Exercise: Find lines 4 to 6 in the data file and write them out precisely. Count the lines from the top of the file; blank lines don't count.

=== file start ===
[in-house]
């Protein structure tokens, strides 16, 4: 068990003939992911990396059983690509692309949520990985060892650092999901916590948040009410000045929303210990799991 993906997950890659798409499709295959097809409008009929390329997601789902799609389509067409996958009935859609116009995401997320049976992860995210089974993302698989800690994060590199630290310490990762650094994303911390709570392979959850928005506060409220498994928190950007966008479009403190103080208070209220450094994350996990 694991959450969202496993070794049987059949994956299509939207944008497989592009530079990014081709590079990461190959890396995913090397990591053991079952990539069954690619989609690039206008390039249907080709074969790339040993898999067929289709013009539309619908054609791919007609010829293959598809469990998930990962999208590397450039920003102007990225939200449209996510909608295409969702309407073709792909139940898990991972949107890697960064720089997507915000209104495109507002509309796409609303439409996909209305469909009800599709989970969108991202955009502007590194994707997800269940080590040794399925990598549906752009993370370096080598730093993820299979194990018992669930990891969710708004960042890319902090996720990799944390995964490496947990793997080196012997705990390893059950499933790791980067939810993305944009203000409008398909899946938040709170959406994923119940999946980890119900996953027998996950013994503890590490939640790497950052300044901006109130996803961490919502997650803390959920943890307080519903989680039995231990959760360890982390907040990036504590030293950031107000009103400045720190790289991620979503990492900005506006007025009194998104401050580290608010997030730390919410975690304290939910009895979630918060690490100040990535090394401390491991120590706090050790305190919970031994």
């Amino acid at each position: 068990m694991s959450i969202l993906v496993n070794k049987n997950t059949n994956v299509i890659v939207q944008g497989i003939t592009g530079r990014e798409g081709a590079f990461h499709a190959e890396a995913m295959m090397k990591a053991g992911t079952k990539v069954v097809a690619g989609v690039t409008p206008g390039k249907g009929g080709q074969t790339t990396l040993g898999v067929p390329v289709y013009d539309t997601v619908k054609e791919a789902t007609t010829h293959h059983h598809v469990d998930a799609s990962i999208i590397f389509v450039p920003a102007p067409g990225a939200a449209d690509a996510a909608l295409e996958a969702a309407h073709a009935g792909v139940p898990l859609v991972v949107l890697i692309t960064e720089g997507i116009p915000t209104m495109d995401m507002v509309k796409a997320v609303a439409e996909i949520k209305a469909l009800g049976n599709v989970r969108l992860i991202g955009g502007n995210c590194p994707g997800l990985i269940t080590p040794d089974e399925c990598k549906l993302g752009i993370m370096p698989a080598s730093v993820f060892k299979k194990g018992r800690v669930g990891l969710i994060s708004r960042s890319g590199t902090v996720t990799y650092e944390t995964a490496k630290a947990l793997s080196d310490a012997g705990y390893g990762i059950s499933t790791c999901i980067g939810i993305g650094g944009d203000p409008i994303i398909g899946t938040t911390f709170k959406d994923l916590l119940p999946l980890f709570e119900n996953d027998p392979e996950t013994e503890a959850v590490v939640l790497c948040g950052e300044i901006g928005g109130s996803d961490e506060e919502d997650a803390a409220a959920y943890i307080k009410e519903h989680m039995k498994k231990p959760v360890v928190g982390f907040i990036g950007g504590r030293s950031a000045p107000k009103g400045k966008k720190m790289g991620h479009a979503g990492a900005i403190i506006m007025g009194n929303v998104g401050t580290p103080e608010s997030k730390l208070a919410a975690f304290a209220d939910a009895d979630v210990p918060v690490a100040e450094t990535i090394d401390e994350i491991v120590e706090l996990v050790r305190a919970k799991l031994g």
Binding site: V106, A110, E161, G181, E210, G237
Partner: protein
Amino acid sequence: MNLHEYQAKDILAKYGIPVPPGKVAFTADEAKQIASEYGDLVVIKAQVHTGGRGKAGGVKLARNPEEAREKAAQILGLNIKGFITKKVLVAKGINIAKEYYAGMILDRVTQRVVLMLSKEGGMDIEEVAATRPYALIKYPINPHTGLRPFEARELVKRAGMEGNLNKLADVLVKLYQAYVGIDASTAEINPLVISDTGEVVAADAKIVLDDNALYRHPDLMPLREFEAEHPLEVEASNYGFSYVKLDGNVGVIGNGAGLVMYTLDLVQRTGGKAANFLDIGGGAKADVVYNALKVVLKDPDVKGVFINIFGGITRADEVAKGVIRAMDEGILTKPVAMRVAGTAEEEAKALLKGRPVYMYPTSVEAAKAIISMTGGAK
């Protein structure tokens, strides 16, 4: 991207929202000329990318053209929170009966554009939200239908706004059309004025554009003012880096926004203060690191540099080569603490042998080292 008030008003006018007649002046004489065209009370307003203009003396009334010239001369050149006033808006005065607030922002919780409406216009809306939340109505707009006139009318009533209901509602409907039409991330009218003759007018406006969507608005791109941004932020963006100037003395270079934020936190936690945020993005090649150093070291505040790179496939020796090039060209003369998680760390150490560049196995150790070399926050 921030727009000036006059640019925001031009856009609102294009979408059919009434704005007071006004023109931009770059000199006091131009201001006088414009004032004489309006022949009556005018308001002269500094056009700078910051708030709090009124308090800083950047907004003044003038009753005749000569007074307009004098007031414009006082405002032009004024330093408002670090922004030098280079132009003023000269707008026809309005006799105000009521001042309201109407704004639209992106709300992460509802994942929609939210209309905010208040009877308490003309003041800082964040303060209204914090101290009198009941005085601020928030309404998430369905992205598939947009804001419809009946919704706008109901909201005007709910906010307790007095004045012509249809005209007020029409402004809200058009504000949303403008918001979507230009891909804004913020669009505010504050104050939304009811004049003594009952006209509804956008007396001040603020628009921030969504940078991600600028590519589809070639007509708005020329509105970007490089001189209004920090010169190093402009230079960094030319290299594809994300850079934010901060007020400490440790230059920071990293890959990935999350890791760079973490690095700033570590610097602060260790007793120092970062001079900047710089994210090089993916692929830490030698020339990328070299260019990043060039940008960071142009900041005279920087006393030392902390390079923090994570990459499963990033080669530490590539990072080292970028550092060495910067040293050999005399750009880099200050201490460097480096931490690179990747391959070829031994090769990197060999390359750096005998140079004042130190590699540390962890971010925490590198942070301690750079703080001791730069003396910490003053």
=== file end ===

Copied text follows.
Binding site: V106, A110, E161, G181, E210, G237
Partner: protein
Amino acid sequence: MNLHEYQAKDILAKYGIPVPPGKVAFTADEAKQIASEYGDLVVIKAQVHTGGRGKAGGVKLARNPEEAREKAAQILGLNIKGFITKKVLVAKGINIAKEYYAGMILDRVTQRVVLMLSKEGGMDIEEVAATRPYALIKYPINPHTGLRPFEARELVKRAGMEGNLNKLADVLVKLYQAYVGIDASTAEINPLVISDTGEVVAADAKIVLDDNALYRHPDLMPLREFEAEHPLEVEASNYGFSYVKLDGNVGVIGNGAGLVMYTLDLVQRTGGKAANFLDIGGGAKADVVYNALKVVLKDPDVKGVFINIFGGITRADEVAKGVIRAMDEGILTKPVAMRVAGTAEEEAKALLKGRPVYMYPTSVEAAKAIISMTGGAK